Bahraini Muslim Brotherhood Split Following Electoral Defeats


Gulf media is reporting on “serious differences” that have arisen within the Muslim Brotherhood of Bahrain following its defeats in the recent elections. According to a report in the Gulf News:

Serious differences in Bahrain’s Islamic Menbar are now coming to the fore after the society affiliated to the Muslim Brotherhood suffered a crushing defeat in parliamentary and municipal elections last month. The string of losses in two rounds of elections on October 23 and 30 has cut the presence of lawmakers representing the society in parliament’s lower chamber from seven during its previous term to just two after the recent ballot. Biggest shock The devastating defeat was compounded when Abdul Latif Al Shaikh, the chairman of the society and the leader of its parliamentary bloc in the outgoing house, was not re-elected. “The society has now turned on its members. There have been too many inappropriate attitudes by the leaders of Al Menbar,” Mohammad Khalid, a former MP who represented the society in the last two terms said. “We have often blamed other societies for their non-Islamic attitudes, but we have ourselves made the same mistakes that are far away from the true spirit of Islam. That is why I have handed in my resignation.” According to Khalid, who did not contest elections this year, several members of the society are also upset with the results and are planning to hand in their resignations. “It is obvious that the society needs a deep review of its performance.” However, the society chairman has denied claims that members had resigned or planned to do so. “These are critical times, but Al Menbar is robust and its members are supporting one another and working together,” Al Shaikh said on Wednesday. “Competent groups are assessing the elections and the performance of the society within a spirit of transparency and openness.” However, for Khalid, the resignation is final. According to the former MP, Islamic Menbar lost in the elections after it failed to strike a deal with Al Asala, the expression of Salafism in Bahrain, a tactic that presented the two Islamist societies a total of 15 MPs in the 40-seat lower chamber in 2006. “Another reason is that the two societies engaged in a ridiculous war of words that caused their downfall,” he said.

Earlier posts reported on the Bahraini Muslim Brotherhood electoral defeats in which Menbar had expected to win eight seats.

A September UK media report on a campaign the the Muslim Brotherhood in Bahrain to ban alcohol in that country provides more information about Menbar:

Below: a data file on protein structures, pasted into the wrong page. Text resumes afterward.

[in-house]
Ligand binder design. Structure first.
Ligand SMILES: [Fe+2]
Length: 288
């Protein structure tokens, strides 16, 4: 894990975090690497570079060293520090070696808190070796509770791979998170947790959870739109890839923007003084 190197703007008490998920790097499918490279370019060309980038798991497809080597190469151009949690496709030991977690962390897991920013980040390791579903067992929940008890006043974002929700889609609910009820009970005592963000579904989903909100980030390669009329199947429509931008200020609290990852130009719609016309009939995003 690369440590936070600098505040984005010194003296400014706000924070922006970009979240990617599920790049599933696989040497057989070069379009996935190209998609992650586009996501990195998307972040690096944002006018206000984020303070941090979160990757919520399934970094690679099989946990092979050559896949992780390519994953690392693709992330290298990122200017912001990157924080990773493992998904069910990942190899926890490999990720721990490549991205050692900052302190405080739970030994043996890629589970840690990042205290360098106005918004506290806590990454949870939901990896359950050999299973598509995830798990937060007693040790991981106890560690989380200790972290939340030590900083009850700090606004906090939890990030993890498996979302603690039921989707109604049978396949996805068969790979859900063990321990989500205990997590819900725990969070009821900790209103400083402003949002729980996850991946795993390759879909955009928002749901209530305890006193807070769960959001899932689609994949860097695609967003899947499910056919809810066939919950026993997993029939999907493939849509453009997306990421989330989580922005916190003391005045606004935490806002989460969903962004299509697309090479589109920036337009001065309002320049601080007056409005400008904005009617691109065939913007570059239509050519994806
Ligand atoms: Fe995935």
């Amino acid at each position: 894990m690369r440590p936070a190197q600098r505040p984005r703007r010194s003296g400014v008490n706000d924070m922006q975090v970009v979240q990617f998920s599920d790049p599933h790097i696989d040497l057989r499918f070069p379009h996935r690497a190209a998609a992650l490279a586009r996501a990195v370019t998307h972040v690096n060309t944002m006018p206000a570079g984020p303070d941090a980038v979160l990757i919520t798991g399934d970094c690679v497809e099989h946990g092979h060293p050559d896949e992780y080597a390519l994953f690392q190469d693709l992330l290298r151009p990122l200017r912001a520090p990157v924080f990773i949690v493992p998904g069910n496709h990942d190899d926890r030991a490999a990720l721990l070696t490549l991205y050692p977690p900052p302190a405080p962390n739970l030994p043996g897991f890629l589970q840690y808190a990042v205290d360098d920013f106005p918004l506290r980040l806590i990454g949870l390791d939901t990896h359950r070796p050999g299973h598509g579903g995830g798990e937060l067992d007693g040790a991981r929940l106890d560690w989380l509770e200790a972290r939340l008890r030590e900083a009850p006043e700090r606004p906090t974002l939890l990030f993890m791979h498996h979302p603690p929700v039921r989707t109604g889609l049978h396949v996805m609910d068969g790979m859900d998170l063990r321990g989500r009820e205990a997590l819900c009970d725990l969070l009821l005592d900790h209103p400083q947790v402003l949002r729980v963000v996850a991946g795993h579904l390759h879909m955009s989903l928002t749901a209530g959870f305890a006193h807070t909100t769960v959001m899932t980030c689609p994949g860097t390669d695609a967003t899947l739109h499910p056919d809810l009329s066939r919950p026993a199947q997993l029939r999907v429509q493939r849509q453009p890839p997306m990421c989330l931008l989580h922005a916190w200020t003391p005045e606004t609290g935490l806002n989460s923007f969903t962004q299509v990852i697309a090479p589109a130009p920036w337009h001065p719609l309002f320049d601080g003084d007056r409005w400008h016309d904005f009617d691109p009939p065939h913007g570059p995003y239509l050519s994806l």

The problem for absolute monarchies is that they do not create conditions in which civil society is able to flourish. In 2002, the results of the first parliamentary elections in Bahrain were ominous for secular politicians: the elected lower house was immediately dominated by Islamist parties and not a single woman candidate was elected. The same thing happened in 2006, when the Al-Wefaq National Islamic Society took almost half of the 40 seats, although on that occasion one woman was successful. Among the most influential politicians in Bahrain is Dr Salah Ali, a former political exile who now chairs the Al-Menbar Islamic Society, a Sunni group which has seven seats in the lower house and is widely believed to have close links with the Muslim Brotherhood. Dr Ali is a smart politician who talks fluently about the importance of developing Bahrain’s democratic experiment “step by step”, and his party is expected to endorse female candidates in the elections due to take place this autumn. But to outsiders there are more intimations of the influence of political Islam in Bahrain than the government might like to admit. An MP from one of the Islamist parties flinched and refused to shake my hand, and there has been a ferocious campaign by Islamists in the lower house to ban alcohol in Bahrain. A leading light in the campaign is Mohammed Khalid, an outspoken MP from the Al-Menbar Society, who has made a name for himself as an opponent of anything he regards as un-Islamic. Mr Khalid embarrassed the government when he hailed terrorists fighting American forces in Iraq as “heroes”.

Previous posts have discussed the virulently anti-Semitic and anti-American statements of Dr. Salah Soltan, a former US Muslim Brotherhood leader now residing in Bahrain.

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